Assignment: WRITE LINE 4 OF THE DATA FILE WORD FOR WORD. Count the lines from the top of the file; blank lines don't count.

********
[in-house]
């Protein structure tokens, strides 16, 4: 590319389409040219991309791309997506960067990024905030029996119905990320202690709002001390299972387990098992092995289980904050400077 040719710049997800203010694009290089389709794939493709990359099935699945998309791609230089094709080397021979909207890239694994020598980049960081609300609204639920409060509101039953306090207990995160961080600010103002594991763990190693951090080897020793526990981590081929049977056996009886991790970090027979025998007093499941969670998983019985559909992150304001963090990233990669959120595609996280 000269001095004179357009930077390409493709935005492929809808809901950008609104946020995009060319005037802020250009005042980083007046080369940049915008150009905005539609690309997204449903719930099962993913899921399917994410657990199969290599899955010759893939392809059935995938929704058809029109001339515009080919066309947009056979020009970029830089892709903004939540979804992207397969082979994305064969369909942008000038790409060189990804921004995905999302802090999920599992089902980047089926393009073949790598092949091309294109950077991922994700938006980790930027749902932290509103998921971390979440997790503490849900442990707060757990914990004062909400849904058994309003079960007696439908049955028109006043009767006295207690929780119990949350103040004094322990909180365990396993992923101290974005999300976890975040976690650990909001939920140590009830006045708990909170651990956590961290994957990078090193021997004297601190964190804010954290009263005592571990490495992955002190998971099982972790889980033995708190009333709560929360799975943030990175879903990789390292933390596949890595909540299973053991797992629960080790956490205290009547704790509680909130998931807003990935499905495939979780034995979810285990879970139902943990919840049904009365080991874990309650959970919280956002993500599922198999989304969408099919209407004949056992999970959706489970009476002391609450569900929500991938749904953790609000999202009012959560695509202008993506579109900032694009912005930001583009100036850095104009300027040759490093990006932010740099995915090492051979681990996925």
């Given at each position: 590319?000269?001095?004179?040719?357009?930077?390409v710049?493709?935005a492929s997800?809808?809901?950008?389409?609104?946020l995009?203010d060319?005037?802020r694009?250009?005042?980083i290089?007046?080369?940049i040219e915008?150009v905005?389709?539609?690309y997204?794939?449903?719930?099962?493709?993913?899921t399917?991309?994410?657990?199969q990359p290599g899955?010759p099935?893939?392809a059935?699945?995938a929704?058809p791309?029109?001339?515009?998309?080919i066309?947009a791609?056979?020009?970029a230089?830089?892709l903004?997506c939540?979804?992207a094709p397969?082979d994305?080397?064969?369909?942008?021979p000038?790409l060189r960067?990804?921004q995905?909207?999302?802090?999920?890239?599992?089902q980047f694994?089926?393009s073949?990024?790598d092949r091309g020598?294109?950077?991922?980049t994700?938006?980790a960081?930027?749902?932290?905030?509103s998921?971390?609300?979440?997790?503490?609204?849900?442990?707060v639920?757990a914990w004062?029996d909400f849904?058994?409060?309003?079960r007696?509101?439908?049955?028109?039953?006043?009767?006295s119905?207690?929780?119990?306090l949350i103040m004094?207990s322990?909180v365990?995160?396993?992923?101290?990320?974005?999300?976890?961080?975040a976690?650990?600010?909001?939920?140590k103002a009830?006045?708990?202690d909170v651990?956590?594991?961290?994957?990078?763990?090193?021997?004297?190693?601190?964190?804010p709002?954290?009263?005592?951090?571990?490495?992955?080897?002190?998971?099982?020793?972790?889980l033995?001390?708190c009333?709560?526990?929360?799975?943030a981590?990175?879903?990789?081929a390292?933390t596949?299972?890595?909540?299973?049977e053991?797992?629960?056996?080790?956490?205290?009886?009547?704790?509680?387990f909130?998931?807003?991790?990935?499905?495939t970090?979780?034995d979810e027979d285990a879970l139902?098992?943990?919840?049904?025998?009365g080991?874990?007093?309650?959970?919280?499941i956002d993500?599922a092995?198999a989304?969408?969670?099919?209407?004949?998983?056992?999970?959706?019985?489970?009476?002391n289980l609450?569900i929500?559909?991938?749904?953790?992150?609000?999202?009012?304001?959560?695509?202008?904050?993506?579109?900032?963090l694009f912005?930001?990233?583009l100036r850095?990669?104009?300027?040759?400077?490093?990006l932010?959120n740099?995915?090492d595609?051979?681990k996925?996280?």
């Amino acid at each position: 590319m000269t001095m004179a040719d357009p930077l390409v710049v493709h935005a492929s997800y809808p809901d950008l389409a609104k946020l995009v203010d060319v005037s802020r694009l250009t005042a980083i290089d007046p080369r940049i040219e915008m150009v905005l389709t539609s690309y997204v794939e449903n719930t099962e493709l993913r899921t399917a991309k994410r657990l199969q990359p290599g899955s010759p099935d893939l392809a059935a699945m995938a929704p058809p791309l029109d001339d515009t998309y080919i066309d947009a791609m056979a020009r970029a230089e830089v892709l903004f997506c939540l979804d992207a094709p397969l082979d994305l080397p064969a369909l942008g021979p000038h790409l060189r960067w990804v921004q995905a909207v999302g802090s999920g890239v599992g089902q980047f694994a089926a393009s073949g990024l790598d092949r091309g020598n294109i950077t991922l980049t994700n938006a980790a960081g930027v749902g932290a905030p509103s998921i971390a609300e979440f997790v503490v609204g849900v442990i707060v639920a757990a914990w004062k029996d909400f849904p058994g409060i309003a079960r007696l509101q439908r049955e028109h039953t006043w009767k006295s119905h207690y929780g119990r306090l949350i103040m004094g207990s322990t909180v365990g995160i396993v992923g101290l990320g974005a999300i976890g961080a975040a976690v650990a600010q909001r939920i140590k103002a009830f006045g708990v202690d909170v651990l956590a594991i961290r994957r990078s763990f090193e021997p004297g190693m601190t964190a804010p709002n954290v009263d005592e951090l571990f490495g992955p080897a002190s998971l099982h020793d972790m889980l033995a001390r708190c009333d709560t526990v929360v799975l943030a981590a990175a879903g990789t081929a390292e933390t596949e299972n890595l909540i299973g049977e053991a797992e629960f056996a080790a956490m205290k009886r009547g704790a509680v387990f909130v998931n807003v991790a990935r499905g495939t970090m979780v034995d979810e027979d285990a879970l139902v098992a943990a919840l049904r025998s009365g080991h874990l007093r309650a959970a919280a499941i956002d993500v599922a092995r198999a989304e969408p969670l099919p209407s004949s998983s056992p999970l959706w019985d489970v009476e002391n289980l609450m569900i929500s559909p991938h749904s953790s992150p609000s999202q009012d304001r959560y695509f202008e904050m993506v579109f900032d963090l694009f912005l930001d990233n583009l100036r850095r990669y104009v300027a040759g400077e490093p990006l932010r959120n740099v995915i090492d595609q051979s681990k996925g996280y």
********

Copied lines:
């Amino acid at each position: 590319m000269t001095m004179a040719d357009p930077l390409v710049v493709h935005a492929s997800y809808p809901d950008l389409a609104k946020l995009v203010d060319v005037s802020r694009l250009t005042a980083i290089d007046p080369r940049i040219e915008m150009v905005l389709t539609s690309y997204v794939e449903n719930t099962e493709l993913r899921t399917a991309k994410r657990l199969q990359p290599g899955s010759p099935d893939l392809a059935a699945m995938a929704p058809p791309l029109d001339d515009t998309y080919i066309d947009a791609m056979a020009r970029a230089e830089v892709l903004f997506c939540l979804d992207a094709p397969l082979d994305l080397p064969a369909l942008g021979p000038h790409l060189r960067w990804v921004q995905a909207v999302g802090s999920g890239v599992g089902q980047f694994a089926a393009s073949g990024l790598d092949r091309g020598n294109i950077t991922l980049t994700n938006a980790a960081g930027v749902g932290a905030p509103s998921i971390a609300e979440f997790v503490v609204g849900v442990i707060v639920a757990a914990w004062k029996d909400f849904p058994g409060i309003a079960r007696l509101q439908r049955e028109h039953t006043w009767k006295s119905h207690y929780g119990r306090l949350i103040m004094g207990s322990t909180v365990g995160i396993v992923g101290l990320g974005a999300i976890g961080a975040a976690v650990a600010q909001r939920i140590k103002a009830f006045g708990v202690d909170v651990l956590a594991i961290r994957r990078s763990f090193e021997p004297g190693m601190t964190a804010p709002n954290v009263d005592e951090l571990f490495g992955p080897a002190s998971l099982h020793d972790m889980l033995a001390r708190c009333d709560t526990v929360v799975l943030a981590a990175a879903g990789t081929a390292e933390t596949e299972n890595l909540i299973g049977e053991a797992e629960f056996a080790a956490m205290k009886r009547g704790a509680v387990f909130v998931n807003v991790a990935r499905g495939t970090m979780v034995d979810e027979d285990a879970l139902v098992a943990a919840l049904r025998s009365g080991h874990l007093r309650a959970a919280a499941i956002d993500v599922a092995r198999a989304e969408p969670l099919p209407s004949s998983s056992p999970l959706w019985d489970v009476e002391n289980l609450m569900i929500s559909p991938h749904s953790s992150p609000s999202q009012d304001r959560y695509f202008e904050m993506v579109f900032d963090l694009f912005l930001d990233n583009l100036r850095r990669y104009v300027a040759g400077e490093p990006l932010r959120n740099v995915i090492d595609q051979s681990k996925g996280y």